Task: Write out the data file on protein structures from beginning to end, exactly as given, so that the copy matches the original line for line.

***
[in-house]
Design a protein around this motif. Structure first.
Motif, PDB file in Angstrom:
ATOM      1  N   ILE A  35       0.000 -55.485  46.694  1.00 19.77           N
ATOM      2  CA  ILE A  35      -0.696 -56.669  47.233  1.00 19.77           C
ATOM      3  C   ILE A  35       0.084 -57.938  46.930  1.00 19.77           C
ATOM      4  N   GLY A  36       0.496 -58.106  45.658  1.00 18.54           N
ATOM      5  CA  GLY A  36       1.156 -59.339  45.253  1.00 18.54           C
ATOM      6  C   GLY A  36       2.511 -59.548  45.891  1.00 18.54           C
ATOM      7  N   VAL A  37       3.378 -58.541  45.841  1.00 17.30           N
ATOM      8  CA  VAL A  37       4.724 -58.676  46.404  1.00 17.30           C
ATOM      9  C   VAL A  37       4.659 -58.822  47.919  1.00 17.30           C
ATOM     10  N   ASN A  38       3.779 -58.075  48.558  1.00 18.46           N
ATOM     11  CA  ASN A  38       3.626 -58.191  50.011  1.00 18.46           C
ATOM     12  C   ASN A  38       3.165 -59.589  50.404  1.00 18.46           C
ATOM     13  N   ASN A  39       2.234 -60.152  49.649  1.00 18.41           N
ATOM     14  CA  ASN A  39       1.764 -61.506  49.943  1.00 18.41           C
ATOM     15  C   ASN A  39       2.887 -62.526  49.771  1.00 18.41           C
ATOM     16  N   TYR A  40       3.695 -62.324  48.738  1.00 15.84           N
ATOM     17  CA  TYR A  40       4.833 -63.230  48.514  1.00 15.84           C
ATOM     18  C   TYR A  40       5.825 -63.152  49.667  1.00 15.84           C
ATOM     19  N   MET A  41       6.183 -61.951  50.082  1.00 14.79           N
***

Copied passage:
[in-house]
Design a protein around this motif. Structure first.
Motif, PDB file in Angstrom:
ATOM      1  N   ILE A  35       0.000 -55.485  46.694  1.00 19.77           N
ATOM      2  CA  ILE A  35      -0.696 -56.669  47.233  1.00 19.77           C
ATOM      3  C   ILE A  35       0.084 -57.938  46.930  1.00 19.77           C
ATOM      4  N   GLY A  36       0.496 -58.106  45.658  1.00 18.54           N
ATOM      5  CA  GLY A  36       1.156 -59.339  45.253  1.00 18.54           C
ATOM      6  C   GLY A  36       2.511 -59.548  45.891  1.00 18.54           C
ATOM      7  N   VAL A  37       3.378 -58.541  45.841  1.00 17.30           N
ATOM      8  CA  VAL A  37       4.724 -58.676  46.404  1.00 17.30           C
ATOM      9  C   VAL A  37       4.659 -58.822  47.919  1.00 17.30           C
ATOM     10  N   ASN A  38       3.779 -58.075  48.558  1.00 18.46           N
ATOM     11  CA  ASN A  38       3.626 -58.191  50.011  1.00 18.46           C
ATOM     12  C   ASN A  38       3.165 -59.589  50.404  1.00 18.46           C
ATOM     13  N   ASN A  39       2.234 -60.152  49.649  1.00 18.41           N
ATOM     14  CA  ASN A  39       1.764 -61.506  49.943  1.00 18.41           C
ATOM     15  C   ASN A  39       2.887 -62.526  49.771  1.00 18.41           C
ATOM     16  N   TYR A  40       3.695 -62.324  48.738  1.00 15.84           N
ATOM     17  CA  TYR A  40       4.833 -63.230  48.514  1.00 15.84           C
ATOM     18  C   TYR A  40       5.825 -63.152  49.667  1.00 15.84           C
ATOM     19  N   MET A  41       6.183 -61.951  50.082  1.00 14.79           N